On the other hand, within the central process such overlap is permitted by a time sharing process, in which different time intervals are assigned in sequence to the different channels for effecting partial exchanges of information according to priority criteria established by information exchange control unit 3.

FIG. 2 shows physical structure of an exemplary interconnection channel.

A set D0 of nine wires fonns a channel for the parallel transfer of eight bits of binary coded information and of a check (or parity) bit. The arrow pointing to the right indicates that the infon'nation comes from the central processor.

A wire CO is employed for forwarding to a peripheral control unit a signal denoting whether the information on wire set D0 is to be considered as data, or otherwise, such as an address for a peripheral unit or a command.

A wire STO is employed for forwarding to a peripheral control unit a timing pulse, or stro The signals on wire set D0 and on wire C0 are effectively recognized only during the occurrence of this strobe pulse.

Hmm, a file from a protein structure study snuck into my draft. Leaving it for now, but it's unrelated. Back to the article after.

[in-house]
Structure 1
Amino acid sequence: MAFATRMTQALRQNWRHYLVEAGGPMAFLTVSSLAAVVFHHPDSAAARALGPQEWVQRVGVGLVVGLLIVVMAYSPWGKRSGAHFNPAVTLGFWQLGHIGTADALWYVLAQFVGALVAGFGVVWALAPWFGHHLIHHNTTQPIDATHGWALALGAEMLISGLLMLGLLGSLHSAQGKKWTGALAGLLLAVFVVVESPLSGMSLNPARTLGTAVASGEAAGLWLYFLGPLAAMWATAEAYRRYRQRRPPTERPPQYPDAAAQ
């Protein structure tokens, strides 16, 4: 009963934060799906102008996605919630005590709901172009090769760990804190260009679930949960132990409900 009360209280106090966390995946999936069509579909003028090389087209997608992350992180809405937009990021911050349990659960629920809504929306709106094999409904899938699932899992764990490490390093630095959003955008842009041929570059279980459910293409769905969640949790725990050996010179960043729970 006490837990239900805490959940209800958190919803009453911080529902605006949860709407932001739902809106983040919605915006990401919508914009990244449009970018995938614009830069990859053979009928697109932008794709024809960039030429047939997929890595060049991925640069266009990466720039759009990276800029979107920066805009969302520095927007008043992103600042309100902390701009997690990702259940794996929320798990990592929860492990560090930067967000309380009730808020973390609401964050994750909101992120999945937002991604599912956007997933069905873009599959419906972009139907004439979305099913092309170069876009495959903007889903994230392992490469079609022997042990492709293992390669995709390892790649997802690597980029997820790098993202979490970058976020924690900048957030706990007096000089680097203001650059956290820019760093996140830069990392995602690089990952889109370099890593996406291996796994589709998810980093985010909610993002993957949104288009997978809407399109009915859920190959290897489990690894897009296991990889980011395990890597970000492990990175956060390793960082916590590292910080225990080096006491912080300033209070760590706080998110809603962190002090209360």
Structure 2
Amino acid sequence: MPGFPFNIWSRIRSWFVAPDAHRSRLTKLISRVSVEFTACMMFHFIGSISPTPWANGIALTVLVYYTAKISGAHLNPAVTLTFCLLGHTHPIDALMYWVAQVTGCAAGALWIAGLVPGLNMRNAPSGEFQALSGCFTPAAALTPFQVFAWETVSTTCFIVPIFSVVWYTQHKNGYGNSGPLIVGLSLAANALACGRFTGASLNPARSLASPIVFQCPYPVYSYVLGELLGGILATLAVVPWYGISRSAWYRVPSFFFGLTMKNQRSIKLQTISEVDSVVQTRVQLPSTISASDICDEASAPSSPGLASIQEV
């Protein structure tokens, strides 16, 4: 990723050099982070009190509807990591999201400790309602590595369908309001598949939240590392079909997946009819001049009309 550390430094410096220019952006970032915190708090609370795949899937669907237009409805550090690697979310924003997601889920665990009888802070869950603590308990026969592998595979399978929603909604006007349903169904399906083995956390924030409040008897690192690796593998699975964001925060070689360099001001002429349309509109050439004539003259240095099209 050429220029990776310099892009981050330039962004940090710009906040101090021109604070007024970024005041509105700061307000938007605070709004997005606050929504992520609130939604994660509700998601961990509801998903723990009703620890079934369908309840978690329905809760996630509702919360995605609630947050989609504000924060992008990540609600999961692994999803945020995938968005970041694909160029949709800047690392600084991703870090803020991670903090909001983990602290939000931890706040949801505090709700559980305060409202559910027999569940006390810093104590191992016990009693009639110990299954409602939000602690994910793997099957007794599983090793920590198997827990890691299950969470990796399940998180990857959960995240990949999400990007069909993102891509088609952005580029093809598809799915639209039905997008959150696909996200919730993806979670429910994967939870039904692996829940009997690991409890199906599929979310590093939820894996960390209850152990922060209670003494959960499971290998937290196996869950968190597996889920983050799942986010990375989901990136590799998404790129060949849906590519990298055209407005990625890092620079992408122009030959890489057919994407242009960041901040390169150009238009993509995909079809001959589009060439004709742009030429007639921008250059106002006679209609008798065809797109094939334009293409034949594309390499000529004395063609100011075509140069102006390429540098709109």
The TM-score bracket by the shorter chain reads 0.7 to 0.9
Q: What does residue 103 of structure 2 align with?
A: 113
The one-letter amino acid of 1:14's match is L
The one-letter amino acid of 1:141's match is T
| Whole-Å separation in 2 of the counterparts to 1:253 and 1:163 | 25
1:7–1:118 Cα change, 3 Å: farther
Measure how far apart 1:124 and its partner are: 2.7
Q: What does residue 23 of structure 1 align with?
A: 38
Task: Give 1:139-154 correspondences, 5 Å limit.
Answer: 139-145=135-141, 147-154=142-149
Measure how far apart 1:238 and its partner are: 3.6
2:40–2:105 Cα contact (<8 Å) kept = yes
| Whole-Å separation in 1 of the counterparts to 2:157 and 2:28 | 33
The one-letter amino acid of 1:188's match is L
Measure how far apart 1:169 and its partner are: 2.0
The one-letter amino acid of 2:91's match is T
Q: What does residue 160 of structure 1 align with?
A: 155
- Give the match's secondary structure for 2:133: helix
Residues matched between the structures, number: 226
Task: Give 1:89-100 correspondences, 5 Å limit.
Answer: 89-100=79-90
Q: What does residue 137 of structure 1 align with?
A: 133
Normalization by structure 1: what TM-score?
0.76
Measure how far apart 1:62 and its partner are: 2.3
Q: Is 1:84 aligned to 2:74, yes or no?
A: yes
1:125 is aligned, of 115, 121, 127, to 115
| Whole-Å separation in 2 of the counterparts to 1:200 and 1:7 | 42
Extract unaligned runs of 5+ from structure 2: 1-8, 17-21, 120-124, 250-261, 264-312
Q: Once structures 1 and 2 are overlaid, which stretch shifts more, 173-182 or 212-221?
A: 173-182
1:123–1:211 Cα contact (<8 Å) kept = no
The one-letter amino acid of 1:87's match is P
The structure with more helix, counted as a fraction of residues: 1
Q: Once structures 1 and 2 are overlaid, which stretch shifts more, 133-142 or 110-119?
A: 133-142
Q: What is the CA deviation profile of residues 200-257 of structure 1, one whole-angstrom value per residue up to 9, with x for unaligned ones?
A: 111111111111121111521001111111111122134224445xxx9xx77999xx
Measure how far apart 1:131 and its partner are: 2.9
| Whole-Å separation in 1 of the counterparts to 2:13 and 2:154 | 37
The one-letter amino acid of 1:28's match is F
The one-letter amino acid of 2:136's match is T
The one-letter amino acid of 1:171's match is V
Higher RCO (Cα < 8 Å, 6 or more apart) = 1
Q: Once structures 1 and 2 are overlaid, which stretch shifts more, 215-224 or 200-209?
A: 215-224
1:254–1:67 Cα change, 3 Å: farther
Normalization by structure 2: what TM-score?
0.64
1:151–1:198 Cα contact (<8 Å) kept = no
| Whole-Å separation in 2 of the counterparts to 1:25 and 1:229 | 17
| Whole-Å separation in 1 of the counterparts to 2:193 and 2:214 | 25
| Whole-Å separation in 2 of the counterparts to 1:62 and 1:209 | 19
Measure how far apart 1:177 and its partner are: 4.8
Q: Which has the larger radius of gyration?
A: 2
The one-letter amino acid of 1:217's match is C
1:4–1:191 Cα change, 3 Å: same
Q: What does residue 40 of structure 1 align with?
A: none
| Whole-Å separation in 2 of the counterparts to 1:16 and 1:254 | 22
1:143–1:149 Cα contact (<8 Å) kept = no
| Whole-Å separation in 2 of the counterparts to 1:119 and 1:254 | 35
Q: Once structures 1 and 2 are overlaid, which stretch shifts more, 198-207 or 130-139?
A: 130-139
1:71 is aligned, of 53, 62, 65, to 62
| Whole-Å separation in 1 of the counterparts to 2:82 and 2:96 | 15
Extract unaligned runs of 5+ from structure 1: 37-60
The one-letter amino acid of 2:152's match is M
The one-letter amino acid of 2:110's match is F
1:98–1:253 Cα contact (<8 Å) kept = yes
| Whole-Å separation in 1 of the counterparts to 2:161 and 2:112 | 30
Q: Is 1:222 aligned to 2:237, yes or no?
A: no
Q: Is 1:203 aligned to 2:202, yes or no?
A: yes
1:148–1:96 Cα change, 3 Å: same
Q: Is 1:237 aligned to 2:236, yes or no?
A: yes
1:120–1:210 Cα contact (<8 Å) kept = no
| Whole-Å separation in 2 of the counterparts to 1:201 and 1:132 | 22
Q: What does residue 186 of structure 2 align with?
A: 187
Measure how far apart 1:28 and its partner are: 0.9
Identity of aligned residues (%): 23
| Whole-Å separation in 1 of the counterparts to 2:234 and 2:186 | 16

Wire set DI and wires SI and STI have the similar functions, that is respectively: to transfer eight bits of binary coded information and a check bit from a peripheral control unit to the central processor, to forward to the central proc essor a signal denoting whether the information on wire set D] is data or the status of a peripheral unit, and to forward a strobe pulse.

A wire INT is used to forward an interrupt request which may require, according to the circumstances, a transfer of data to the peripheral unit, permission to transfer data to the central processor, or a recognition by the central processor of certain unusual events in or status of a peripheral unit.

Finally, the wires El and B0 are used for signalling, respectively by a peripheral unit or by the central processor, the end of a communication or a communication period.